A Retrospective on Community-Created Esports - Jonathan Cartu Internet, Mobile & Application Software Corporation
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A Retrospective on Community-Created Esports

A Retrospective on Community-Created Esports


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One of the questions our writers and staff at The Esports Observer hear the most is “what is going to be the next big esport?” We can evaluate the potential of new games and upcoming releases, but predicting what kind of game the community will rally around is as foolhardy as making predictions about future technology (remember Google Glass?). 

It is possible to create a sport from scratch that’s both fun to play and competitive, but competitive gaming actually shares a hidden commonality with traditional sports; the most successful games were accidental successes, usually developed by altering existing sports.

The longest enduring esports spawned from community-made projects, or more specifically, “mods.” Whether conceived as passion projects or genuine commercial endeavors, these titles are the closest the industry has come to creating an open-access esport, in which companies can only claim ownership to some of the game’s assets, but not the product as a whole—making these games much closer to traditional sports in terms of intellectual property.

Historically, commercial game publishers have hired the creators of these mods to build a commercial version of the game. In some instances, these companies didn’t even create the software that the mod was built from. Although the original mods retain some of their player base and popularity, the improved resources (i.e. graphics, in-game content) means the commercial version and its competitors will always supplant the original.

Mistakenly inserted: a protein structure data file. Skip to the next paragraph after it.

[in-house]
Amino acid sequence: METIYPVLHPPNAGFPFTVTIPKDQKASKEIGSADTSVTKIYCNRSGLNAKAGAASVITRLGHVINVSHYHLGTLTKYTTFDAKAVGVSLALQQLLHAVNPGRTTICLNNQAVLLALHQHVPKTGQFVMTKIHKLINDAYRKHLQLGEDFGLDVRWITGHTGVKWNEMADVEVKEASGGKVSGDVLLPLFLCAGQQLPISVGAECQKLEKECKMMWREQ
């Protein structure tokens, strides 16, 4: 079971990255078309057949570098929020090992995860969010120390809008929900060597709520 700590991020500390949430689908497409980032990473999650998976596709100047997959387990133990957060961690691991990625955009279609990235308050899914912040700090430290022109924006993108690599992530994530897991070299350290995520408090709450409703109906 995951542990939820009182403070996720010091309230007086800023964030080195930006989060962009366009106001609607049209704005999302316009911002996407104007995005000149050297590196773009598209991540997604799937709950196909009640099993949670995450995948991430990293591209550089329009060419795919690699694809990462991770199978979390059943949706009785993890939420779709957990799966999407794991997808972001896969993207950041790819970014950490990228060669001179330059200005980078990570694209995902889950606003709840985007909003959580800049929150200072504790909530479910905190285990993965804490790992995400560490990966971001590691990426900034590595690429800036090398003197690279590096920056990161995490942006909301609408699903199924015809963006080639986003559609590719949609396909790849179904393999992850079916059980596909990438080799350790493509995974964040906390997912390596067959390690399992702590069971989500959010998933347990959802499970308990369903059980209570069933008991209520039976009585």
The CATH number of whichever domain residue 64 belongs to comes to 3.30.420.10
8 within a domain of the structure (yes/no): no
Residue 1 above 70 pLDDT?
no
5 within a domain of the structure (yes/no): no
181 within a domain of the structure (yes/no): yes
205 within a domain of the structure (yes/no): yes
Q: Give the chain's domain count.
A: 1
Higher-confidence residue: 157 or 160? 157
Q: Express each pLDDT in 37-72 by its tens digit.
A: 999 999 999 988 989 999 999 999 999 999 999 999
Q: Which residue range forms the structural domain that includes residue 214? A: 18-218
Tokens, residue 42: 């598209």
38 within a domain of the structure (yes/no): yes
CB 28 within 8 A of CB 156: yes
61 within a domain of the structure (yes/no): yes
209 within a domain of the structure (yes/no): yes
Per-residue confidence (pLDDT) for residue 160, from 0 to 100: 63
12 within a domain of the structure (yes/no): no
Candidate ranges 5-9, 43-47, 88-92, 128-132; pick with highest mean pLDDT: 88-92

What’s Used to Create an Esport?

Competitive titles only comprise a small percentage of the videogame industry, and the successful esports titles barely make up 1% of every game ever made. That said, their influence on the industry is massive, both in terms of gaming’s influence on pop culture, and how other games choose to monetize. 

No esport game has been developed in a vacuum. All have been developed from one or more previous games, usually as a combination of the following toolsets:

Game Engines

Credit: Id Software/Bethesda

The software-development environment made in order for people to make games. These are typically available for use with a subscription or license fee, though some game publishers have different views on how widely they can be used. A number of esports have been developed using rules and gameplay elements from one game, but were ultimately built on an engine from an entirely different company.

Key example: Various versions of the Quake engine have been used to create a number of successful esports. Team Fortress, for example, was originally a Quake mod, but its developers were hired by Valve to create a standalone version using the engine for its game Half-Life (which itself, ironically, was built using a modified version of the Quake engine.)

Gameplay Variants